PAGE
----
Thursday, August 20, 2020

KU football dealt with 40 positive COVID tests since players returned in June

Miles: No players currently isolated for quarantine

Kansas football head coach Les Miles wears a mask while walking around during an early August practice in the team's indoor facility.

Kansas football head coach Les Miles wears a mask while walking around during an early August practice in the team's indoor facility.


Though Kansas football coach Les Miles reported Thursday during his first virtual press conference of the preseason that nobody in the program is currently suffering from a COVID-19 infection, the Jayhawks spent much of the past couple of months dealing with the virus.

Miles revealed that since testing began on June 8, 117 people with KU football have gone through virus testing and 40 of those tests registered a positive result. Per Dan Beckler, associate athletic director for public relations, that doesn’t mean 40 people had positive tests. Rather there were 40 positive results in the 600-plus tests that have been given to KU’s 117 players and staff members. Essentially, the 40 includes multiple positive tests from certain individuals.

As of Thursday afternoon, Miles said there are no players in quarantine or isolation due to the virus.

“Everybody is up for practice and everybody is up for what would be a game if we were to play soon,” Miles added.

Miles’ update during a video conference with reporters was the first provided by KU’s athletics department since July 28, when it reported zero positives out of 156 tests across various programs.

In early July, KU football suspended voluntary summer workouts when it reported 12 players tested positive for COVID-19.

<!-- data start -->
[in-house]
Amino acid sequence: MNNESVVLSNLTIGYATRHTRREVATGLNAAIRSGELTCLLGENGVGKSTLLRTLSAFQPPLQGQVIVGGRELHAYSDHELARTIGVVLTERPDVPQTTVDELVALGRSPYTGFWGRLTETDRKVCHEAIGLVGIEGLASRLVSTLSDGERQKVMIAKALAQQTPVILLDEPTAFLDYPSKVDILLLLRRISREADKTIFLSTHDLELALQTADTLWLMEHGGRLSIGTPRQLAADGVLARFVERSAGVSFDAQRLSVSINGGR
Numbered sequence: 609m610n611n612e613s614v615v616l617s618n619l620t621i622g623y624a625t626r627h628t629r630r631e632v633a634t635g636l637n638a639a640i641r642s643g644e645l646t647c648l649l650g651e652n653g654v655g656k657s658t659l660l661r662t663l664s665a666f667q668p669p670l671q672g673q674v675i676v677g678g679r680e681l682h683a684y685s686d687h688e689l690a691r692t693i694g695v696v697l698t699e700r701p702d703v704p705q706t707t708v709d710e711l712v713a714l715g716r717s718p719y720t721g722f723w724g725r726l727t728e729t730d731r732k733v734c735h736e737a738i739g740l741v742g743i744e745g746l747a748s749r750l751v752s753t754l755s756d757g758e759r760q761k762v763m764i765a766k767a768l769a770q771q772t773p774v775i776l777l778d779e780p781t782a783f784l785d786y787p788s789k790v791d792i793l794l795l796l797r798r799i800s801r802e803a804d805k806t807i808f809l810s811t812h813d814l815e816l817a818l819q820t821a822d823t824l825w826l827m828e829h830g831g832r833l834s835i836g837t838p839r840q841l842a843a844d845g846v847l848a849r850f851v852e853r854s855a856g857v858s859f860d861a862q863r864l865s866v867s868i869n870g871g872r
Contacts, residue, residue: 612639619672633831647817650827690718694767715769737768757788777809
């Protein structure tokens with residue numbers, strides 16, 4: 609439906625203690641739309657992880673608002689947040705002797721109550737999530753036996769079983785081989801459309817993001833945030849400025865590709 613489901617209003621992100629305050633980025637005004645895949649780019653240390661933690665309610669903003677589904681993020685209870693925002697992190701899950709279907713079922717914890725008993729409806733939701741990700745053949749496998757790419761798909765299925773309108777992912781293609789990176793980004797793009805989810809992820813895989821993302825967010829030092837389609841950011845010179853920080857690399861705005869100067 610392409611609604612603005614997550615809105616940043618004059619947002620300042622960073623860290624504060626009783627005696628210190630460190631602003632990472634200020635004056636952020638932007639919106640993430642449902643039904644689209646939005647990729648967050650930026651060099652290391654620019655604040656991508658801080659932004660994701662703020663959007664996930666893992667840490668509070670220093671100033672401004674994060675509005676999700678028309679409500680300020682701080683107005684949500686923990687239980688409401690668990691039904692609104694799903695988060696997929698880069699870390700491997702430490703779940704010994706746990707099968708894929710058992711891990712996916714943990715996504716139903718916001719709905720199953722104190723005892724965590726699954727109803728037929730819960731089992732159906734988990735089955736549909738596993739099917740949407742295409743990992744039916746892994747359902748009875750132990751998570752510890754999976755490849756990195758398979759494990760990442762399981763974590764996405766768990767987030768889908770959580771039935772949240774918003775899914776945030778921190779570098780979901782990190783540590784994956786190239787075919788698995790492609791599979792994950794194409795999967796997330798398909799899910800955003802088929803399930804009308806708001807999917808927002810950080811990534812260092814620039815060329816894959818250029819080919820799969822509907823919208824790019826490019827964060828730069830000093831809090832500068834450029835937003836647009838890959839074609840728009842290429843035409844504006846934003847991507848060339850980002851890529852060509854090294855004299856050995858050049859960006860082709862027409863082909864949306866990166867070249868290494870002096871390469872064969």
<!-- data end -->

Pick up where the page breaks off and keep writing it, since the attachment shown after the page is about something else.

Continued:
According to Miles, KU football is now testing for the virus three times a week. And unlike earlier this summer, the process doesn’t involve a stick that “goes down your nose.” He said now the tests are taken through saliva samples.

“We’re making progress there,” Miles said. “People don’t look negatively toward that testing routine.”

KU senior offensive lineman Chris Hughes attested the old procedure wasn’t popular.

“That’s the longest 10 seconds of your life,” Hughes joked.

The O-lineman from Harker Heights, Texas said the saliva test is relatively new for KU football and a welcome change.

KU’s head coach didn’t provide the exact details of what types of team rules and policies players have to follow to prevent more virus cases. Miles said the increased number of tests each week helps coaches know “how and what they’re doing.”

“And we need them to stay clear of what are parties, what are the new young people that are coming onto our campus to go to school,” Miles said. “We need to make sure that interaction is nonexistent. If we can do that we will save ourselves a number of positive tests.”

Junior KU quarterback Miles Kendrick said he thinks players are taking the pandemic protocols seriously, down to wearing masks, washing their hands and maintaining social distance.

“That’s a challenge in a team environment,” Kendrick admitted of keeping everyone their proper space, “especially when you have guys that are close friends and been playing with each other for a couple years. I think it’s been a learning experience for everybody.”

Along those lines, junior running back Pooka Williams said players need to hold each other accountable.

“Everything with the COVID is very challenging,” Williams said.

As an example, Williams shared that during practices when players are feeling tired and they’re standing near each other on the sidelines, their instinct is to not have their masks up. He said players have to make sure they follow the rules, though, and check to verify their nearby teammates are doing the same.


Dirk Medema 2 months, 1 week ago